As described in the excerpted article from official government source China National Defense News, a recent exercise in Shandong Province sheds light on Chinese efforts to ensure that all parts of the government can support combat operations in the event of conflict. Chinese municipalities prepare not only for natural disasters such as floods, typhoons, and earthquakes, but also for large-scale military conflict. To this end, many cities host large, and often intra-regional or inter-city emergency exercises.[i] China has civil air defense offices in most cities, which are intended to act as direct support to the People’s Liberation Army (PLA). In the exercise described here, associated units practiced providing emergency rescue services and putting out fires from enemy air raids. With support from an expert repair team, the training also tested rapid road repair, quickly restoring a road’s ability to handle heavy wheeled and tracked vehicles.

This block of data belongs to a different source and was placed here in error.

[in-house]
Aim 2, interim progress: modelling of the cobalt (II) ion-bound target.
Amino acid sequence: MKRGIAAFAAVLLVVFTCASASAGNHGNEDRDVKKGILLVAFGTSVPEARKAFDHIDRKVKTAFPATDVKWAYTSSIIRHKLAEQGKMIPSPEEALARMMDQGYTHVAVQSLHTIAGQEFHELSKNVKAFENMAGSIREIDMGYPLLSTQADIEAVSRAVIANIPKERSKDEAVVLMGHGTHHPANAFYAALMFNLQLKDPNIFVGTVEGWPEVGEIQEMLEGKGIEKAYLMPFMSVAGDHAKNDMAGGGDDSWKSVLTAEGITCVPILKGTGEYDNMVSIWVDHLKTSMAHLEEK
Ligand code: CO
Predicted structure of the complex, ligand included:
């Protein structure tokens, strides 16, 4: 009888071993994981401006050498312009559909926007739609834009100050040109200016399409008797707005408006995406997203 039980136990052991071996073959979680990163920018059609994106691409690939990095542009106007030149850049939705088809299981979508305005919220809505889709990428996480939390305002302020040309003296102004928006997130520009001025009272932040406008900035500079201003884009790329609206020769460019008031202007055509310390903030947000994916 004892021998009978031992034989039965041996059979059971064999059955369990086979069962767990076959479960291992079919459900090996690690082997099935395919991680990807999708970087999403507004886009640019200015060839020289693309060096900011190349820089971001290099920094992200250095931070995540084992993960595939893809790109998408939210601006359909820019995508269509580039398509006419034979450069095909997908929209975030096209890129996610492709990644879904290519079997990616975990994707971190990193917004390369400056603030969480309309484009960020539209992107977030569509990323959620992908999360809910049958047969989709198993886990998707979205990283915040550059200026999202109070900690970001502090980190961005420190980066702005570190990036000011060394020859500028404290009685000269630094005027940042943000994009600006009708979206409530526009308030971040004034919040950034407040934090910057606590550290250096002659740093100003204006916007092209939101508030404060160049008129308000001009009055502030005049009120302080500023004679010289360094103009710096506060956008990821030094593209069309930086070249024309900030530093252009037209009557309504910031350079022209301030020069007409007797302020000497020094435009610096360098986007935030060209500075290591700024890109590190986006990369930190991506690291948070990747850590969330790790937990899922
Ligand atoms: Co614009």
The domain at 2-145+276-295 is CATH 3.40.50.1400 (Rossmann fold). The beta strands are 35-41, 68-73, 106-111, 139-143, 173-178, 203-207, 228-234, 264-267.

The exercise was primarily focused on three phases: preparations made before air attacks, including using camouflage and moving critical facilities into underground spaces; how to respond during an air raid, such as using obscurants and aerial barriers (balloons or wires to interfere with low-flying aircraft); and post-strike operations, which involves repairs and emergency response. The exercise also highlighted how newer technologies, such as quadcopters, are being adapted in practical ways to support operations. Accompanying images in the article showed quadcopter drones being used to deliver medical supplies. The report indicated that these drones could carry 10kg (22 pounds) over 10km (6.2 miles). UAVs are regarded as an optimal delivery system as they would not be limited by traffic in a dense urban environment during a crisis.